Book Review | An American Family

book review

Like many people, I became more than a little invested in the story of Khizr and Ghazala Khan and their family during the 2016 election. And it was a brilliant coincidence that I discovered this book – due out tomorrow, October 24 – the same day I read the chapter about the Khans in Hillary Clinton’s book, What Happened. I immediately picked it up and could not put it down.

(All reviews are spoiler-free unless otherwise noted.)


36153779(From Goodreads) This inspiring memoir by the Gold Star parent and captivating DNC speaker is the story of one family’s pursuit of the American dream and why–especially in these tumultuous times–we must not be afraid to step forward for what we believe in when it matters most.

An American Family is an intensely personal story about the nature of true patriotism and what it’s like to risk everything you know for the promise of a 226-year-old piece of parchment. As Khizr Khan traces his remarkable journey–from humble beginnings on a poultry farm in Pakistan to obtaining a degree from Harvard Law School and raising a family in America–he shows what it means to leave the limitations of one’s country behind for the best values and promises of another. He also tells the story of the Khans’ middle child, U.S. Army Captain Humayun Khan, who was killed while protecting his base camp in Iraq, and the ways in which their undying pride in him and his sacrifice have helped them endure the deepest despair a parent can know.

The book is a stark depiction of what an American looks like, what being a nation of immigrants really means, and what it is to live–rather than simply to pay lip service to–our ideals.


I’ve read quite a few memoirs this year, but An American Family might just be my favorite. It is incredibly inspiring and I loved reading it so much. It really made me feel like anything is possible, and motivated me to work harder in my own life. I almost always enjoy immigrant stories, and this was no exception.

Khizr Khan’s story (and that of his family) is, in many ways, a typical immigrant story. But Khizr Kahn is definitely not the average immigrant. He works incredibly hard, not only for his family, but for himself. And I think that’s what most inspired me. Khan sacrificed so much in search of his dreams, something I don’t think people do all that often anymore. I just adore his story. I felt like I got to know him, and his words have so much more meaning to me.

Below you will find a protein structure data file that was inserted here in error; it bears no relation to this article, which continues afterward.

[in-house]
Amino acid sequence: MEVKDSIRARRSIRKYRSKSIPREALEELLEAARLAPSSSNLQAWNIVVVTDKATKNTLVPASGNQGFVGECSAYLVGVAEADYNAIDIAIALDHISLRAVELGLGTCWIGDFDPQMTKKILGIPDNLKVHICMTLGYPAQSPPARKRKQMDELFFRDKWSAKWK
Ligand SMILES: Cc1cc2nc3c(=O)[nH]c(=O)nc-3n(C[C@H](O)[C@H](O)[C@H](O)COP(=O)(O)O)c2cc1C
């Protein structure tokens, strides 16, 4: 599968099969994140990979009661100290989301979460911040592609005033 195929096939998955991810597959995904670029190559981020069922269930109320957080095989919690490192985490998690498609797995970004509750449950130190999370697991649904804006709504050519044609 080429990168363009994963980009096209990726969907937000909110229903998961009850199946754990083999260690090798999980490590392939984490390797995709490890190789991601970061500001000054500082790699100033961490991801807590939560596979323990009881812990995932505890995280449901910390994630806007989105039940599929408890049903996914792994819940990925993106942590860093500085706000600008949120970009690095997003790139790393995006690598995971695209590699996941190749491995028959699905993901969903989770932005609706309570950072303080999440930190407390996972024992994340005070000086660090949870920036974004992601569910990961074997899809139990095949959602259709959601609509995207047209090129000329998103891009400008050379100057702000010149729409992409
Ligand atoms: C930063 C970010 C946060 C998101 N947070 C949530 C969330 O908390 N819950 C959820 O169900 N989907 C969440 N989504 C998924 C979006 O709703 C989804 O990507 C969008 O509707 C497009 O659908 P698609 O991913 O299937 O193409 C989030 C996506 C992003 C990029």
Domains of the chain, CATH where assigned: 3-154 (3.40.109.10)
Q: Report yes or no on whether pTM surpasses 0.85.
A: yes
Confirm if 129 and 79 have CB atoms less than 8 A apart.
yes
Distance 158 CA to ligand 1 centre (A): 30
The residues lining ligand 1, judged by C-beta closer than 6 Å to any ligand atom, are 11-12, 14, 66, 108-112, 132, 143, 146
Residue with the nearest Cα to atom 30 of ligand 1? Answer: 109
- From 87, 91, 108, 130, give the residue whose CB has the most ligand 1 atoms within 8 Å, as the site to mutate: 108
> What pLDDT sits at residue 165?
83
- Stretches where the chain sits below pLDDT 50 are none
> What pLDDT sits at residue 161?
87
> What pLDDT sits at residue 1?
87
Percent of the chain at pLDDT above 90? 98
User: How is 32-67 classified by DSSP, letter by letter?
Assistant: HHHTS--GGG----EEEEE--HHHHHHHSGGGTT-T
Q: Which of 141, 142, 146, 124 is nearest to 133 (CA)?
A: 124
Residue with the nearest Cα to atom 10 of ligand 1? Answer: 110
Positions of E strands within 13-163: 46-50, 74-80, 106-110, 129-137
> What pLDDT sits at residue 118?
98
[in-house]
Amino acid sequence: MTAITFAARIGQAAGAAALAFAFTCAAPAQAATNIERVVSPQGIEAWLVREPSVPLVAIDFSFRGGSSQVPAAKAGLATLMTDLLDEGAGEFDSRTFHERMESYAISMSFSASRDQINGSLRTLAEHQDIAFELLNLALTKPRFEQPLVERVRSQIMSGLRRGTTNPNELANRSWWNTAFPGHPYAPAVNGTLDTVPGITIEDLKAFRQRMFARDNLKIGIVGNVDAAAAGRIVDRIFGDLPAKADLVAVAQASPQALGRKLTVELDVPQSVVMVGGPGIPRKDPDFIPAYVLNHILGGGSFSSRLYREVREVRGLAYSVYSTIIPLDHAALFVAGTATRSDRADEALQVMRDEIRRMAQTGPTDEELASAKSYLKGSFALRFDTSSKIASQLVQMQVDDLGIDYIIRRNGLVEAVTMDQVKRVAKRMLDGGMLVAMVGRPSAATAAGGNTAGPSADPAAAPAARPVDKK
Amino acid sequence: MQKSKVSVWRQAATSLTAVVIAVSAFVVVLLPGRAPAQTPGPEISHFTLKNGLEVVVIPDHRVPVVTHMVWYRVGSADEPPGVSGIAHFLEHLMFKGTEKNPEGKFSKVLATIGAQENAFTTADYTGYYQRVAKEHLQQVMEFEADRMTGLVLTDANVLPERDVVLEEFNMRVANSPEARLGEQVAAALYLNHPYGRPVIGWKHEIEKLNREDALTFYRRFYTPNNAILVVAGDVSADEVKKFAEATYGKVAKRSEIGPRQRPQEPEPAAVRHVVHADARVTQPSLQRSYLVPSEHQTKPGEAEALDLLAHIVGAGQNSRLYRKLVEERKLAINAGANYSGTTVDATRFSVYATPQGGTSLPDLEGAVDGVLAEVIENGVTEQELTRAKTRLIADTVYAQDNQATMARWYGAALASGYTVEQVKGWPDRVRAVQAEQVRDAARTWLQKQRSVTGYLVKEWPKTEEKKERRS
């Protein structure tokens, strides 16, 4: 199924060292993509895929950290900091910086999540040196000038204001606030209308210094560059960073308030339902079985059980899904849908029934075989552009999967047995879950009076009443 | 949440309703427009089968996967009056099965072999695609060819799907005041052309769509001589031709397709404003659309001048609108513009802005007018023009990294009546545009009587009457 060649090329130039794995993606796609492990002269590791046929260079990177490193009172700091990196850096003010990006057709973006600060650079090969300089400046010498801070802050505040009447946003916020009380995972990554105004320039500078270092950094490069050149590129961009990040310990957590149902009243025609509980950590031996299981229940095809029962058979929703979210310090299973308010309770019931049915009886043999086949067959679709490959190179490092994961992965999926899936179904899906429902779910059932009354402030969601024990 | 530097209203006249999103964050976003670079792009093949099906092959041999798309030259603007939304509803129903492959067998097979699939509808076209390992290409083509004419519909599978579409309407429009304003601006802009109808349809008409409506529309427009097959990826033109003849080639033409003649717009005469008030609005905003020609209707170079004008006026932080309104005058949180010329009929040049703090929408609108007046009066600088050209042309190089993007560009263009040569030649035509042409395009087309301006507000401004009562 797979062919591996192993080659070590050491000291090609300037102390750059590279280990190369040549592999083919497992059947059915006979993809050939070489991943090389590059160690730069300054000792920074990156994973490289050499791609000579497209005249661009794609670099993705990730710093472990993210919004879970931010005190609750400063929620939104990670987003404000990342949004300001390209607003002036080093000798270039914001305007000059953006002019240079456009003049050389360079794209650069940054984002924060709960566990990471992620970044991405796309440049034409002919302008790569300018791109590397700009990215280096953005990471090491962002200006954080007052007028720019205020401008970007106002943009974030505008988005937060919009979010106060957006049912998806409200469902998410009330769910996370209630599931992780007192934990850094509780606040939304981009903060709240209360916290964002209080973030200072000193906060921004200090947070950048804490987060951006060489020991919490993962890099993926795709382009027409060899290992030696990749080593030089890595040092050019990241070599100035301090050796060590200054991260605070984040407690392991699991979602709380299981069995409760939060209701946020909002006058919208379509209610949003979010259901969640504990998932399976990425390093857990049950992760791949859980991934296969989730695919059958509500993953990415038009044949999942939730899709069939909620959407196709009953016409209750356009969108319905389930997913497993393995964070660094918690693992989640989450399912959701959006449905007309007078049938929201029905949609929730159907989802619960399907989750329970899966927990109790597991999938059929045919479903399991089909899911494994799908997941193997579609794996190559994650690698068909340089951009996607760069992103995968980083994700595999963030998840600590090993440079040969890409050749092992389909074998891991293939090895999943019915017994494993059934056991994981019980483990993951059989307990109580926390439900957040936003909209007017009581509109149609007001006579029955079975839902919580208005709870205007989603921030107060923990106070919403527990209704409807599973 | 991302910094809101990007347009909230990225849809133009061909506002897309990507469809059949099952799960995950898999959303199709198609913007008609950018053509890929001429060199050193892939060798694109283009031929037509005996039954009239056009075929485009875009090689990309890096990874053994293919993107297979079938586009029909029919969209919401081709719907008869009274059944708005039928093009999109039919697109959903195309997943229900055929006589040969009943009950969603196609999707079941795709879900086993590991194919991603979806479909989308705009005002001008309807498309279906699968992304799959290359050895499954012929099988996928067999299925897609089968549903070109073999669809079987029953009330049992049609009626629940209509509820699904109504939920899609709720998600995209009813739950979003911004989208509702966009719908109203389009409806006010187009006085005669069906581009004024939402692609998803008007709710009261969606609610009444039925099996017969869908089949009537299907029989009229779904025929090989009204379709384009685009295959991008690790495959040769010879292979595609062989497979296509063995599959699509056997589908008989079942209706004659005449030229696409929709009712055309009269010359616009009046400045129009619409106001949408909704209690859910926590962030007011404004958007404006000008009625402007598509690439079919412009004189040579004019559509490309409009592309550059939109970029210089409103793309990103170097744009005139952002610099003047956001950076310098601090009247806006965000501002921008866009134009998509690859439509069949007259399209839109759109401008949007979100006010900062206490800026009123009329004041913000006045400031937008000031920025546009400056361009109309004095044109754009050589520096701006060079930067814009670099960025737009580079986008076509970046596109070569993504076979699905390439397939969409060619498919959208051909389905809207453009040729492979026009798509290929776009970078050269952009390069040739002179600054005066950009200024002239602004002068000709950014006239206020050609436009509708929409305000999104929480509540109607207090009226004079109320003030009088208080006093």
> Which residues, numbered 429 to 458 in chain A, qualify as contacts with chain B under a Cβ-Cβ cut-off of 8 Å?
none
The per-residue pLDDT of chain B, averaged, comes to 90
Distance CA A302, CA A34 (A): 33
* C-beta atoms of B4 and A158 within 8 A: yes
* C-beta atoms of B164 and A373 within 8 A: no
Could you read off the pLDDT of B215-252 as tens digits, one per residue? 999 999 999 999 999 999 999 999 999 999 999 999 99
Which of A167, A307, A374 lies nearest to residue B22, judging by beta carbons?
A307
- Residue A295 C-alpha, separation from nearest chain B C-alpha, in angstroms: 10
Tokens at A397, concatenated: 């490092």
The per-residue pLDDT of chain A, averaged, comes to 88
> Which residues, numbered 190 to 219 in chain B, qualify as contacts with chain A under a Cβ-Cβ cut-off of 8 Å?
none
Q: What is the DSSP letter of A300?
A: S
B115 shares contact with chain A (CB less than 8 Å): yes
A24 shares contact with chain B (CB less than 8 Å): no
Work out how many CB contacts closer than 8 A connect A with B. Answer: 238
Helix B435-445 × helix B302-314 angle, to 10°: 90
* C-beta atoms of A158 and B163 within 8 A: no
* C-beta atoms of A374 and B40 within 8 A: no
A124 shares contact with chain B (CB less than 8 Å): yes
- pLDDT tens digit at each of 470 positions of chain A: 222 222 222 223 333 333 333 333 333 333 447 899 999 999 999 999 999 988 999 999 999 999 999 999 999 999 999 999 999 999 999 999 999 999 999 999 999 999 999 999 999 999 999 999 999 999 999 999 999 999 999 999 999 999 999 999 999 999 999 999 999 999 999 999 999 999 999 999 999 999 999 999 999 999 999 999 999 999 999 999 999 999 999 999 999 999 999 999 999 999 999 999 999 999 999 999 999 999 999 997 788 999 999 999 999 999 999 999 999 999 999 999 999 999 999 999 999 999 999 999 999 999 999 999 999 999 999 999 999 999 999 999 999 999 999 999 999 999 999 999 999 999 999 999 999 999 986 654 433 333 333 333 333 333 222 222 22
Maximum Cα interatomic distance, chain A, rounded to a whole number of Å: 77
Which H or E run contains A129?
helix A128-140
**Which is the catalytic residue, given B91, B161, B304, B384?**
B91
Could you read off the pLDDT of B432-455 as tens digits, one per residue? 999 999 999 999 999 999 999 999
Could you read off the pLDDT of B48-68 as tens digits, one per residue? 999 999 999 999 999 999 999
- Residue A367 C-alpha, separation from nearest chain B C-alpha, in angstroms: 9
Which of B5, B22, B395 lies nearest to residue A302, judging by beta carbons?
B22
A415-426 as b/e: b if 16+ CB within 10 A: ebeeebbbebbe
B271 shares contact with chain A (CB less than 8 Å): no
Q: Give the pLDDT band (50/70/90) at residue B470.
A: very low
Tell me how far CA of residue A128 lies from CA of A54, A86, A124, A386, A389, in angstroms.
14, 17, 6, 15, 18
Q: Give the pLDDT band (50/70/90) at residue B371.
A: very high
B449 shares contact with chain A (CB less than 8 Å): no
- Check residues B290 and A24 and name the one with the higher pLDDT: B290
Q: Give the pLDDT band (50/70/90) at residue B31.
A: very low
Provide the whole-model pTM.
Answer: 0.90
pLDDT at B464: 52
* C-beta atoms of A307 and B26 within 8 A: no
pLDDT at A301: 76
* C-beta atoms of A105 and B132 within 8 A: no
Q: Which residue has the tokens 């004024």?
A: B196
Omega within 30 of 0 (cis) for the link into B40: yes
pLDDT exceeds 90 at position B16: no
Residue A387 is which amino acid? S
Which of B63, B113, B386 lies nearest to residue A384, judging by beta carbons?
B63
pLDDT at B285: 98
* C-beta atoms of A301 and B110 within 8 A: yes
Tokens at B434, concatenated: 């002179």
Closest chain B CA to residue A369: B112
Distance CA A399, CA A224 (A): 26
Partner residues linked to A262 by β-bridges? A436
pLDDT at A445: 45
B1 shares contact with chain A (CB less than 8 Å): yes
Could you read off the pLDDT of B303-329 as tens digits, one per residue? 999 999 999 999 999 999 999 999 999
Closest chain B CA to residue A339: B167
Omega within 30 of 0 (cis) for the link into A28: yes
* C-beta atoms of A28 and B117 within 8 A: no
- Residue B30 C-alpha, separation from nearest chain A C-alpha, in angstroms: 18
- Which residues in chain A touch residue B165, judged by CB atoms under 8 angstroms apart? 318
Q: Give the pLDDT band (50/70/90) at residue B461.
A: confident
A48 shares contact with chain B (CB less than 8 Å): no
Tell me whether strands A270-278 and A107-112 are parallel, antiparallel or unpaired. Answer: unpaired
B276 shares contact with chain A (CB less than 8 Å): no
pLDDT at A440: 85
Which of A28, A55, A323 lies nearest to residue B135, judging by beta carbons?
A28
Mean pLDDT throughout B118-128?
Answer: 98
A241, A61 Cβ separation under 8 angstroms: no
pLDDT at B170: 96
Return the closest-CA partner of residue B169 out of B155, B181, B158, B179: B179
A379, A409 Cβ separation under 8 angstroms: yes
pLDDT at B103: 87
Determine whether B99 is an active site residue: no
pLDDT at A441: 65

Not only is the story incredible, the writing is, too. Khan is an immensely talented writer, and that is easily one of the reasons I loved his memoir so much. Everything felt incredibly real; I didn’t have any trouble imagining anything, and the details pulled me deeper and deeper into the story. One thing I’ve noticed that can be a challenge for memoirists is how much to include, but Khan strikes the perfect balance between detail and story. Nothing seems to long, but I also didn’t think anything really needed to be elaborated on. It is funny, intelligent, and poignant.


★★★★★ – I think it’s pretty clear that I adore this book. An American Family is an absolutely brilliant and inspiring memoir that I think should be on everyone’s reading list this fall. Not only did it motivate me to work harder for my own dreams, it really made me aware of how I was taking advantage of the freedom of being an American, and how hard others have to strive for those same privileges.

An American Family will be available in stores everywhere tomorrow, October 24. You can get your copy on Amazon now.

This book was provided to me by the publisher and NetGalley. All opinions are my own.

*This post contains affiliate links, which means I may get a small commission for purchases made through this post.*

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